What’s interesting about that song is that the final version actually has a lot less in it than the demo version. The album version is just a single guitar, piano, those two voices and a couple of Mellotron overdubs. The original version had acoustic guitars, a banjo and some other vocal treatments. I just took all that stuff away because it needed to feel like a simple, intimate dialogue between two people.

Adam Holzman plays on this song.

Yes, he plays with an almost painterly quality on this song, it’s beautiful.


A hard rocker about the terrorist who lives next door. Steven strums a tense guitar riff to accompany a vocal performance that’s full of punk snarl. The song picks up momentum as Craig Blundell pummels the drum kit with locomotive power and precision. During the hard-charging guitar break, an impertinent bass guitar barges in like a gate-crasher. Amid all the song’s fury, there are brief lulls of quiet reflection about the human tragedy of terrorism.

“People Who Eat Darkness” was written after the terror attack in Paris at the Bataclan theatre, in November 2015. It picks up on some of the recurring themes in your work—the person next door that we studiously ignore, in this instance the terrorists.

“People Who Eat Darkness” was written specifically about the massacre and the subsequent media coverage. It’s become almost a cliche to see the neighbours interviewed when they say things like, “I would pass him in the stairway, he would always smile and say ‘hello,’ and always helped me carry my shopping in. He seemed like such a normal nice young man.” Who could possibly know that they were so full of hatred, rage and darkness?

Had you played shows at the Bataclan in the past?

I have, yeah. Both as a solo artist and with Porcupine Tree.

Has that attack on a music venue given you more trepidation about playing live gigs now?

Well, ultimately modern terrorism can be anywhere, anytime can’t it? It’s almost pointless to worry about it. In recent times it’s happened at a gay club, in the offices of a magazine, at a rock ’n’ roll venue, a carnival, an airport…. It can even happen online. They rely on the element of surprise and the unexpected. I suppose in that respect I don’t feel any more or less safe than I always did.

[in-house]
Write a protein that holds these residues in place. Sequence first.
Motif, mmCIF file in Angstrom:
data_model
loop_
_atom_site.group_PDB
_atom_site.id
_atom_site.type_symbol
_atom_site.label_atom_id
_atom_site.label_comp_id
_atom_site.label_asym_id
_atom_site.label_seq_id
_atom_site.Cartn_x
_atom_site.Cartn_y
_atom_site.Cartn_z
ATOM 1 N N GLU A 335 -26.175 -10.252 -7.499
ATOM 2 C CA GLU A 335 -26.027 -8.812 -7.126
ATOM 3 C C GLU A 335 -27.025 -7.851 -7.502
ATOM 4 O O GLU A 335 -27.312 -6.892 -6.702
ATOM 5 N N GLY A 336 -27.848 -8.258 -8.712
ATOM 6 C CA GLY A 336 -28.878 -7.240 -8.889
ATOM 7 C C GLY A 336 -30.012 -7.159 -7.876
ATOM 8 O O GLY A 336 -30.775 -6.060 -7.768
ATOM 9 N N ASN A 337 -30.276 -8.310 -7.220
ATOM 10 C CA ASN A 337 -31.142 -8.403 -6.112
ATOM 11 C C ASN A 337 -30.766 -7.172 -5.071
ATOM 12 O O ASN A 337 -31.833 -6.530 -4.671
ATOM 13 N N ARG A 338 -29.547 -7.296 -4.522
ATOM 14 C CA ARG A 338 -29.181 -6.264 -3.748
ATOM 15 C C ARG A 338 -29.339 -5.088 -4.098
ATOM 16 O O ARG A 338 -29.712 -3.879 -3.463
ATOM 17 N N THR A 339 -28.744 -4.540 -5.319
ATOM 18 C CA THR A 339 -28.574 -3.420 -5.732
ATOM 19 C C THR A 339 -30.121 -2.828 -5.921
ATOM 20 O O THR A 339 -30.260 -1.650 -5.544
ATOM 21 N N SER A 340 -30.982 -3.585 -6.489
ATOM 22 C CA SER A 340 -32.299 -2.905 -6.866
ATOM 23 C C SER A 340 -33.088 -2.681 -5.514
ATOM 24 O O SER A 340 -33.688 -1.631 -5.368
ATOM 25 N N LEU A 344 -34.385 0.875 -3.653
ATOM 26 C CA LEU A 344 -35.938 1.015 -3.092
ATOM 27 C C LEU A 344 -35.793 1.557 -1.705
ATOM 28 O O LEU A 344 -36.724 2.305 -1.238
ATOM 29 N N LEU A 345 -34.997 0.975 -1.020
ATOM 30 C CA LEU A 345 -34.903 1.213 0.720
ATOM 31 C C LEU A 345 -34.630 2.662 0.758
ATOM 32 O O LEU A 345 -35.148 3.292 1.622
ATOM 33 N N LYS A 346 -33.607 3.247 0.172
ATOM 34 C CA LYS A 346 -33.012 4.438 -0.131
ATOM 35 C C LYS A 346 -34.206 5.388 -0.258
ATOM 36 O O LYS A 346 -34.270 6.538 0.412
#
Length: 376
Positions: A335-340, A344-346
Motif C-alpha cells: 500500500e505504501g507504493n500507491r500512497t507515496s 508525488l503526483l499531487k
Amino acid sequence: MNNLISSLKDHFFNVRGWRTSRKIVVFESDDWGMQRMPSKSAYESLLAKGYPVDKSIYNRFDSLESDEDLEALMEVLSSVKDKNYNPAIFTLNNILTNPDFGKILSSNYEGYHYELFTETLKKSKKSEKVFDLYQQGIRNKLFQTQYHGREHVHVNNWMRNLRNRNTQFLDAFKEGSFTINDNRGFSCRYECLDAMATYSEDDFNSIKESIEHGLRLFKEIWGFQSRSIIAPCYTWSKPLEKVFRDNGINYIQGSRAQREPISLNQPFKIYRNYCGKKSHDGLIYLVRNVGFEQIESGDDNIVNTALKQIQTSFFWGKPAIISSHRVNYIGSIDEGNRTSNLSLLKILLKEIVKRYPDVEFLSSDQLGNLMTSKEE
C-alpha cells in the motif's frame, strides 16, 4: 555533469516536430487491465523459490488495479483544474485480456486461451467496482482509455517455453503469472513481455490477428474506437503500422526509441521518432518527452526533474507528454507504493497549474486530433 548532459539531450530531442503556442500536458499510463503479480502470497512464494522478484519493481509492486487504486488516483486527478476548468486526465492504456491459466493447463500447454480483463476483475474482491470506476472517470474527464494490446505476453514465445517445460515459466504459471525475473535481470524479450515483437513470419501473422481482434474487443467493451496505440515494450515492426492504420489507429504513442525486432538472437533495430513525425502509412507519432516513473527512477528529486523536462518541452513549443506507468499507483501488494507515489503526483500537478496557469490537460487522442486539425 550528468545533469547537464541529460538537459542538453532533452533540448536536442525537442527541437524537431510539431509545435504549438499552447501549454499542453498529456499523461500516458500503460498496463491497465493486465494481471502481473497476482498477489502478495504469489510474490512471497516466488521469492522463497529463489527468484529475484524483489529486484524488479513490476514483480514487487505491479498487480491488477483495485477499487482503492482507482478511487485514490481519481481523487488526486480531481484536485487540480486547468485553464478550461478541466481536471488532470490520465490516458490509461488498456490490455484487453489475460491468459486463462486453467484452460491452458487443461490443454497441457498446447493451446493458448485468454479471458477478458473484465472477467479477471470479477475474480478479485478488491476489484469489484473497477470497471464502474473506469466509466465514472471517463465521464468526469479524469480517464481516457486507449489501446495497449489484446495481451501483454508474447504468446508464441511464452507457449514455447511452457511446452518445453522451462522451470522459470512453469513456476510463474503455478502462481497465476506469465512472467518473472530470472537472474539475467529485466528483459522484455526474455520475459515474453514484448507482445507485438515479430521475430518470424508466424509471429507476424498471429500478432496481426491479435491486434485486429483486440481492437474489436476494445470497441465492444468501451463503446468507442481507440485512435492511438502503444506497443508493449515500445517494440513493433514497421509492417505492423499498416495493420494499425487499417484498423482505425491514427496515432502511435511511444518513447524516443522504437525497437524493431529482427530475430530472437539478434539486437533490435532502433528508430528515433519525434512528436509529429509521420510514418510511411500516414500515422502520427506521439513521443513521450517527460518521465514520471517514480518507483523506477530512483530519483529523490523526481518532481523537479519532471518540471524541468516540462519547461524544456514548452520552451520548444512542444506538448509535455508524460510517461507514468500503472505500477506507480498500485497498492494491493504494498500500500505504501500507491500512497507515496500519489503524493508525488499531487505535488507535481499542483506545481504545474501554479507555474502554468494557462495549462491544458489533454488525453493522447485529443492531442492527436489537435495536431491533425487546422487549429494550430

Although you’ve written about religion in the past and touched on the news in The Incident, you’ve steered clear of politics until now.

When you say “political,” this is not party politics. There’s certainly songs about the politics of truth, the politics of religion and sexual politics in a song like “Pariah”. Even if I’m writing about terrorists and politics, I’m writing from the perspective of a particular individual or a character. I feel more comfortable writing about that than writing about something which is preaching politics in the more literal sense.

The visceral bass and guitar feels appropriate for the subject matter, doesn’t it?

Yes, I knew that one needed to be a bit unschooled and punky. I’m on bass, I’m on guitar, I do most of the keyboards, I sing the lead vocal. A track like that might have been a band effort in the past, but then it might have sounded too good!


On the most electronically textured piece on the album, Steven and German singer Sophie Hunger make obsessive vows to each other. To underscore the unsettling nature of this relationship—one of addiction—electronic treatments hiss and groan over the snap of a clapper-board beat. As if to suggest that the pull these two have on each other has a deadly magnetic vortex, the middle eight consists of a frenzied orchestra playing on top of barbed guitar chords.